What if humans could have a different impact on Earth?
Starting 2 July 2022, a new exhibition will be opened to the public at the Old Observatory: More-than-Planet. This exhibit asks the question: how do we imagine our planet?
We live in a world in which 75% of the planet’s land surface is experiencing measurable human pressure. The way people imagine the planet has a substantial impact on the environment itself. Our environmental imagination is constructed by a number of underlying concepts, value systems, visual cultures and technologies used for portraying the Earth’s environment. However, these technologies are neither neutral nor societally inclusive.
To overcome that, the transdisciplinary artworks and methods showcased in the More-than-Planet exhibition open up a discussion on how technologies and art-driven innovation can help to reduce pressure on the environment. After seeing the exhibition, your own views on humanity might change.
Works and their artists
Asunder responds to a growing interest in the application of AI to critical environmental challenges. It situates this approach as a literal proposition, combining state of the art climate and environmental simulation technology, a 144 CPU super-computer and Machine Learning image-making techniques. The result is a fictional 'environmental manager' that proposes and simulates future alterations to the planet to keep it safely within planetary boundaries, with what are often completely unacceptable or absurd results. Asunder questions assumptions of computational neutrality, our increasingly desperate reach for techno-solutionist fixes to planetary challenges, and the broader ideological framing of the environment as a system.
A Space War Monument Dani Ploeger
The perception of the Gulf War (1990-91) has been dominated by images of advanced military technologies, using Global Positioning System (GPS) and laser technology. That’s why the Gulf War has also been called ‘The First Space War.’ On the other hand, the ground offensive of Operation Desert Storm in the Kuwaiti desert also had decidedly low-tech aspects. Notably, armored bulldozers and mine ploughs were deployed by the US military to bury alive an unknown number of Iraqi soldiers. After the War, GPS technology was made widely available for civilian use and bulldozers for the construction industry were the first machines equipped with this technology. Thus, the contemporary GPS-enabled bulldozer can be seen as a civilian symbiosis of two prominent Gulf War technologies.
Sensible Zone Territorial Agency
In this research project, TBA21–Academy and Territorial Agency collaborated to connect new forms of visibility and understanding of the ocean brought by science, culture, and art. Linking scientists, artists, policy makers, and conservationists by way of shared images, data sets, and narratives, the project is structured as an instigation for new cognitive modes of encountering the ocean and a line towards attainable solutions. What emerges is a series of dynamic compositions that are disquieting and disorienting: the image of an empty ocean lingers on in many of us.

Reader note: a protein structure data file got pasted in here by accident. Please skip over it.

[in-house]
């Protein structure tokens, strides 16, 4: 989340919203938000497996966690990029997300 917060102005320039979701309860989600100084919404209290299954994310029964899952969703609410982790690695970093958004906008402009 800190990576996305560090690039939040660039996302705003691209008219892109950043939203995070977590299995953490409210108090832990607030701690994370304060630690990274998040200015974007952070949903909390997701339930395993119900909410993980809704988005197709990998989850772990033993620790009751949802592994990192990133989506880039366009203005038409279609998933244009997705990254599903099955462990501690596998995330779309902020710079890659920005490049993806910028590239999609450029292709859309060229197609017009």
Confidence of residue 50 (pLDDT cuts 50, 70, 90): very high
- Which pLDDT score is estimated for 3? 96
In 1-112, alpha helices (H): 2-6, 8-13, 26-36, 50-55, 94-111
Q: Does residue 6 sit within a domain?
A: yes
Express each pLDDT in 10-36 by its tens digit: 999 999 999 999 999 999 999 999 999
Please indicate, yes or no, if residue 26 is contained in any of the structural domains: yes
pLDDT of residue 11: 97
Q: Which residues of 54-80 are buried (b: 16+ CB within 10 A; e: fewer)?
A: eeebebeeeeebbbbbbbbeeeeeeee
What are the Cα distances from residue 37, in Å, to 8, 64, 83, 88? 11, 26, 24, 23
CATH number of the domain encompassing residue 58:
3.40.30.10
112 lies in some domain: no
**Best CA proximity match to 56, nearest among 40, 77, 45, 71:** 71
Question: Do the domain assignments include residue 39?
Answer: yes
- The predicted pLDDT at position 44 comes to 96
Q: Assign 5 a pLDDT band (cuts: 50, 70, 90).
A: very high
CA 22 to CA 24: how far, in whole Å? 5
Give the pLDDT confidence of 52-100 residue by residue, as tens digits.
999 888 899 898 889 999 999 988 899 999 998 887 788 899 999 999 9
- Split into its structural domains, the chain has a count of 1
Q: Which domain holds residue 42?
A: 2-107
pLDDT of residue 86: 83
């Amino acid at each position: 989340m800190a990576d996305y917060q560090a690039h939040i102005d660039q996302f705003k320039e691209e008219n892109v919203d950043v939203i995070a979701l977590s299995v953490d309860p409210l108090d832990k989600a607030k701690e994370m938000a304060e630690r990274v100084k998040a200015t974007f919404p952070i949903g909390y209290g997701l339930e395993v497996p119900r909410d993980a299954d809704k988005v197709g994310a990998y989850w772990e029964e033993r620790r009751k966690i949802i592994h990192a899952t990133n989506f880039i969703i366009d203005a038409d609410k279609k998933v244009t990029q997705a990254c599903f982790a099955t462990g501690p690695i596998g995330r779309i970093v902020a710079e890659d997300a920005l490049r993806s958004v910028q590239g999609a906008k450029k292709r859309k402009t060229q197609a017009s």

Photons from Mars Minna Långström
Photons of Mars is a multi-screen meditative installation with sculptural elements about micro and macro interconnections through image optics. The installation is a 17 min. version of the documentary The Other Side of Mars, however it is a completely independent piece. The main focus of the installation is on spatial representation and people’s movements without dialogue or voice-over. A model of the existing Martian rock, ”Jake Matijevic” in a glass vitrine opposes the projection screens. The installation is arranged in a way that invites viewers to just be present in these places, rather than steering the attention to a specific narrative.
If toxic air is a monument to slavery, how do we take it down? Forensic Architecture
Around the world, monuments to slave masters declare defiant allegiance to white supremacy. State authorities are finally bowing to longstanding activist demands to ‘take ‘em down’. Yet as the monuments recede from vision, the structural legacy of settler colonialism and slavery remains intact. In the US state of Louisiana, along 137 kilometres of the Mississippi River between Baton Rouge and New Orleans, lies a region once called ‘Plantation Country’, now known as the ‘Petrochemical Corridor’. Over 200 (and counting) industrial plants occupy the fallow footprints of formerly slave-powered sugarcane plantations.
Today, in the shadow of those plants, neighboring communities – mostly historic ‘freetowns’ inhabited by the descendants of people enslaved on those same grounds – breathe some of the most toxic air in the US. As industry poisons their air, it crushes the remains of their ancestors. Across the ruined mosaic of plantations, hundreds of Black cemeteries face desecration by frenzied development.
More-than-Planet is produced by the Waag Society and Old Observatory. More-than-Planet Exhibition is part of the Leiden 2022: European City of Science programme and a side event of the European Open Science Forum.
The exhibition is open to the public from the 2nd of July until the 23rd of December. See this page for visitor information.